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“Neighborhood of roofs” Cisneros is cagy about the location of the house, keeping it vague.
Mallard is the victim of her torturing husband, whereas in the other story the lead character is the victim of poverty and the so-called hypocritical values of the society and class discrimination.
Both the lead characters, which seem to be weak initially emerge as strong characters towards the end of the stories.
Bricks are crumbling in places, and the front door is so swollen you have to push hard to get in.
There is no front yard, only four little elms the city planted by the curb.
She wants to leave the house on Mango Street for a house of her own — “a house on a hill like the ones with the gardens where Papa works.” For a Sunday drive, the family goes to those richer neighborhoods with the richer houses and rubbernecks at the elegance, beauty and stateliness of the buildings.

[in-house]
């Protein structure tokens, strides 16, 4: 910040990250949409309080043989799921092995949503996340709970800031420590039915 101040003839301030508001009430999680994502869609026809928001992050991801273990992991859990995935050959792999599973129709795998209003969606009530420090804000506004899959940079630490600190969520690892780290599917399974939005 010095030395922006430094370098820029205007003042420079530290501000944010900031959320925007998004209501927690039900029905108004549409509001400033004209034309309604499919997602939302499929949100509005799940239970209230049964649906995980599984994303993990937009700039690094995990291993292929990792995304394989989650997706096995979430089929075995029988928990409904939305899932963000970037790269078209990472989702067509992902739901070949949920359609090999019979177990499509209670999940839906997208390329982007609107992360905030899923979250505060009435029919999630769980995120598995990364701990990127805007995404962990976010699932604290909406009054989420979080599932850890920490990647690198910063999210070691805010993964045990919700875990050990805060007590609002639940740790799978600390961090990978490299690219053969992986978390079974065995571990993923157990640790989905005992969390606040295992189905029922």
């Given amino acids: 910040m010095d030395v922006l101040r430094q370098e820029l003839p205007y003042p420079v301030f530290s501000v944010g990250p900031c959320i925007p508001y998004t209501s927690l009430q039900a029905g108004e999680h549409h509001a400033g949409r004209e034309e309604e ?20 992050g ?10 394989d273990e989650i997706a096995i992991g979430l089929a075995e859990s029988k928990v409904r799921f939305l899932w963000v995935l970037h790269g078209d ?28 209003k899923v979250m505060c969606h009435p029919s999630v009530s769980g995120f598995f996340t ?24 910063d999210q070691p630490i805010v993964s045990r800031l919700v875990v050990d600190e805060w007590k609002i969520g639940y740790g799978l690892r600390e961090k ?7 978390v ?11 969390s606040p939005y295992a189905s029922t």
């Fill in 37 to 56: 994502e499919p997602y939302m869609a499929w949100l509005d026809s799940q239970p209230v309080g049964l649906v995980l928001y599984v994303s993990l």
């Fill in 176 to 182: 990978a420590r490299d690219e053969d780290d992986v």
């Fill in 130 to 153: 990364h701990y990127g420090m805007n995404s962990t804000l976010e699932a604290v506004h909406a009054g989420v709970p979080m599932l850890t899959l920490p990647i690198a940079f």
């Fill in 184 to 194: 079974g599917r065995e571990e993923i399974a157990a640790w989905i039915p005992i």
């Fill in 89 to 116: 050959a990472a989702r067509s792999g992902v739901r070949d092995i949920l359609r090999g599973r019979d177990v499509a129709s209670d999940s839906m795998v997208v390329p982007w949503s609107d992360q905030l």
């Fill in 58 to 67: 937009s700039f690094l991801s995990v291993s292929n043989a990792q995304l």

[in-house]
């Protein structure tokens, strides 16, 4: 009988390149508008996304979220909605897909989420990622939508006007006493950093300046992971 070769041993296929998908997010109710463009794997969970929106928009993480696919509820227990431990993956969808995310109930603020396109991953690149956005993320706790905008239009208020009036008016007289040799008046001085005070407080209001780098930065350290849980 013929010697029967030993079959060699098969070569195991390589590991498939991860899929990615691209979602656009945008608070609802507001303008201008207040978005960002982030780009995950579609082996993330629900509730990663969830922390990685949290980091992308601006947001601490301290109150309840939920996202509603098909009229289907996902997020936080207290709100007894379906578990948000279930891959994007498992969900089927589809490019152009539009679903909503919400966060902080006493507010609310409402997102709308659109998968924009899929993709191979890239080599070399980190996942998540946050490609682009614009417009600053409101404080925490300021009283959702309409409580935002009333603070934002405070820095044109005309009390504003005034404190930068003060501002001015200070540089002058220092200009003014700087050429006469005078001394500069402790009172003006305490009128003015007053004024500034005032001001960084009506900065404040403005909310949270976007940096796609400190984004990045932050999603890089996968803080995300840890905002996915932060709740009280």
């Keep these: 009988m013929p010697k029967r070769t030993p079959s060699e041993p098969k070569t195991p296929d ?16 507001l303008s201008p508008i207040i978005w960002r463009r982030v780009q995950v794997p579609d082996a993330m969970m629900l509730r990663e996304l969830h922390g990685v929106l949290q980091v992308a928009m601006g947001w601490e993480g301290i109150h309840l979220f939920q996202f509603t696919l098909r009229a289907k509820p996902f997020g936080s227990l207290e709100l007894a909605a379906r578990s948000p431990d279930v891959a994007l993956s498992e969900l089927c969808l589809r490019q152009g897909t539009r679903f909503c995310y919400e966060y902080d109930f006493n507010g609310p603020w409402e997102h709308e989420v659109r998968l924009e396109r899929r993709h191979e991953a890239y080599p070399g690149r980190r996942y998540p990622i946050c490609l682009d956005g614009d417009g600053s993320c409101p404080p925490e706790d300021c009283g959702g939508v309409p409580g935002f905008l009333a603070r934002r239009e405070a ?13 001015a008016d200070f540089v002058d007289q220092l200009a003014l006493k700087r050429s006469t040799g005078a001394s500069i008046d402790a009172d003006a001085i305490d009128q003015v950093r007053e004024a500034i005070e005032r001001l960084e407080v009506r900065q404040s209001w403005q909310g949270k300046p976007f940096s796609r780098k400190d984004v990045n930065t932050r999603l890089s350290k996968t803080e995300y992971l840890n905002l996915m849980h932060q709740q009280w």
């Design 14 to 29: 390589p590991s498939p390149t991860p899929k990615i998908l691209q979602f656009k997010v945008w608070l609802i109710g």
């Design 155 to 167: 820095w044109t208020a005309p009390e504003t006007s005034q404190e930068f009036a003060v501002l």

But Esperanza doesn’t go any longer, “tired of looking at what we can’t have.” Instead, she imagines the future: Not a flat. On the weekends, Marin goes to dances all over the city, including the Aragon Ballroom, the Uptown Theater and the Embassy Ballroom, and it’s at one of those dances that she meets Geraldo, a guy in a shiny shirt and green pants who works at a restaurant. The ones who always look ashamed.” There is no one to be found to take his body. His is the story of generations of single immigrant men who have come to the United States and have tried to navigate a foreign culture.They dance together, and, then, he goes outside and — like that! Marin is the last person to see him alive, and she is shaken by his death although, as she tells anyone who asks, he wasn’t anyone to her, really — “Just another who didn’t speak English. In one of the most poignant passages in “Shakity-shake” For more than a century, Chicago has trumpeted itself as a city of neighborhoods.Chicagoans often identify closely and deeply with their local community in a bond of geographic kinship. They are stupid people who are lost and got here by mistake.But there’s a flipside of this, as Esperanza explains: Those who don’t know any better come into our neighborhood scared. The people of her neighborhood aren’t afraid of what outsiders think to be scary-looking dudes.At the same time, the book’s strength as literature is that it tells the story of a unique girl in a unique place — a Mexican-American girl in the neighborhoods of Chicago whose life is focused not only on the changes in her body but also on her need to figure out how to maneuver in the broader world. [They’ll] move a little farther north from Mango Street, a little farther away every time people like us keep moving in. Before that we lived on Loomis on the third floor, and before that we lived on Keeler.Esperanza lives in a community that is made up of newly arrived immigrants from Mexico and first-generation Americans, but also includes black and white people from such places as Texas, Kentucky, Tennessee and Puerto Rico. Before Keeler it was Paulina, and before that I can’t remember. Esperanza’s age is never given, but, from the text, it appears she’s about 12 or 13 at the start of the novel which covers the family’s first year in their house.Later, at a carnival, an older boy sexually assaults her — “only his dirty fingernails against my skin, only his sour-smell again…He wouldn’t let me go. With my porch and my pillow, my pretty purple petunias. He said I love you, I love you, Spanish girl.” “All my own” Like generations of other children of immigrants, Esperanza yearns for her own life, one that is not circumscribed by the world of her parents or her neighborhood. And Marin, an older girl she knows from Puerto Rico, is already moving out into the city as something of a trailblazer for her younger friend.Marin has been making money by selling Avon Products, but she wants to get a real job downtown because that’s where the best jobs are, since you always get to look beautiful and get to wear nice clothes and can meet someone in the subway who might marry you and take you to live in a big house far away.